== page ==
This might be dumb. And it's almost certainly too-heavy for a Friday.
But I'm blaming it on Ronald Reagan. Good ol' genial John Birch impending nuclear annihilation Ronald Raygun.
He, I believe, started the modern trend of hating the business you're supposed to be leading. He and the hordes of Grover Norquist government-hating people decided the best thing to do--if you're only out for yourself, if you don't care about others and if you fundamentally believe the end-times are coming--is to "starve the beast." The beast being government.
Reagan was the leader of our government but kept asserting that government is fundamentally evil. If you're sentient, you may remember this bon mot.
If you're embarrassed or ashamed to be in anything--a relationship, a career, a group or an agency--leave already. And don't look back.
It is this very self-hate and industry-wide self-abnegation that's led to the demotion and denigration of what we do. Accordingly, in my lifetime, I've seen the entire industry transform from the greatest creator of wealth and greatest propagator of brand-values to a procurement diminished "cost center."
I've seen the industry become low-wage, low-margin and utterly unsustainable. Semiotically, I've seen the industry literally relocated from beautiful offices located near the center of American business--say mid-town Manhattan--to abandoned factory buildings on the literal fringes of major cities. Between Toyota dealers and methadone clinics.
This is directly related to advertising today being a business run by people who actually despise the business.
It's being run by accountants. Insurance people. Operations bots. Professional penny-pinchers. Or communications plumbers working on improving the efficiency of popular annoyance rather than leveraging creativity to sell things.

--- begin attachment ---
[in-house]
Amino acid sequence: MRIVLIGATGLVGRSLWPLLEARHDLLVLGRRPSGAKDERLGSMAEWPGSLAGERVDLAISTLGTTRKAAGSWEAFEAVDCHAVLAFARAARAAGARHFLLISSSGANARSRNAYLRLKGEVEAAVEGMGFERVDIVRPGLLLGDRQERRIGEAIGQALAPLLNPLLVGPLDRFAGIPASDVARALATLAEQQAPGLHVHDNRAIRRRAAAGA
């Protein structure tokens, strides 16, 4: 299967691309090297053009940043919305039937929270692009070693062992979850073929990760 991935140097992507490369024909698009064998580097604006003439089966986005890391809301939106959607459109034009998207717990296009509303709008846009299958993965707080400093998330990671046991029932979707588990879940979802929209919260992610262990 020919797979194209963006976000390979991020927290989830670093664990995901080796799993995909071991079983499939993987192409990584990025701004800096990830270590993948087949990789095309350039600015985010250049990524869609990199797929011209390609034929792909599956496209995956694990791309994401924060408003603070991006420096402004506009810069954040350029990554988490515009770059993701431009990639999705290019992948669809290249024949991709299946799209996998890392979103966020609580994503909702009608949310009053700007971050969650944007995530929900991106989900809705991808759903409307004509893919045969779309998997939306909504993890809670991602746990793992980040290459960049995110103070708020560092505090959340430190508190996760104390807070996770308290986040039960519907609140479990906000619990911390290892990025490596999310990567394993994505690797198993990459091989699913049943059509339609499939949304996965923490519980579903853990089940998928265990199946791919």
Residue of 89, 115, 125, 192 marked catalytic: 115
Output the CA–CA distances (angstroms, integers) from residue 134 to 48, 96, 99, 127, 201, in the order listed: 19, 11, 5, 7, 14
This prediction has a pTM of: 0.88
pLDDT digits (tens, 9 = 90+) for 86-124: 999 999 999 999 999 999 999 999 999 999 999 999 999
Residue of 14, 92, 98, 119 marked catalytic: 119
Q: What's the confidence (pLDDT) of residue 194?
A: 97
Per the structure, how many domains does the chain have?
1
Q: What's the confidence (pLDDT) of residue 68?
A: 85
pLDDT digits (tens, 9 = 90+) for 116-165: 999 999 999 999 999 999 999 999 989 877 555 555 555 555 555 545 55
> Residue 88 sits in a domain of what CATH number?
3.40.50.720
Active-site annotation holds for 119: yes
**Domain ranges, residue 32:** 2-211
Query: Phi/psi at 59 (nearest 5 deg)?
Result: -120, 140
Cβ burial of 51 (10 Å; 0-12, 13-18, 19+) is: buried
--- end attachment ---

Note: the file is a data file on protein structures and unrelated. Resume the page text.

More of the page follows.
It's being run by cynics. People who know the price of everything and the value of nothing.
I played baseball for a living 46 years ago. I've followed the sport for more than 55 years. I've seen what happens to teams that no longer believe in themselves, teams that believe they fundamentally can't play the game. Eventually, they can't.
I don't want to jinx anything, but since I was ignominiously booted from Ogilvy at 4:30 in the afternoon nearly 11 months ago, though I was making their c-level money hand-over-fist, I have created GeorgeCo., a Delaware Company.
I'm exaggerating, of course, but 91% of my internal fiber believes that I might have, already, outstripped my former Alma Mater in revenue. I know my work is better. I know my client relationships are better. I know I'm winning more new business. And my client roster might be more august as well. All this and I am a one-man boat.
I wonder when S4 Capital will call.
I say this not to boast. But to make a point.
Success--in anything--starts, builds and is sustained by belief and enthusiasm. You have to believe in the value and importance of what you do.
Most of all: You have to love it.
If I got kicked in the head by a horse and began interviewing to return to the agency business, or if I were a client looking for a creative partner, or if I were deciding whether or not to accept a client, I'd first assess a few things. Mostly if the people and companies I was thinking of working with actually loved the business. I'd have them answer a few questions before I made a move.
Scribbled here for your convenience and larceny.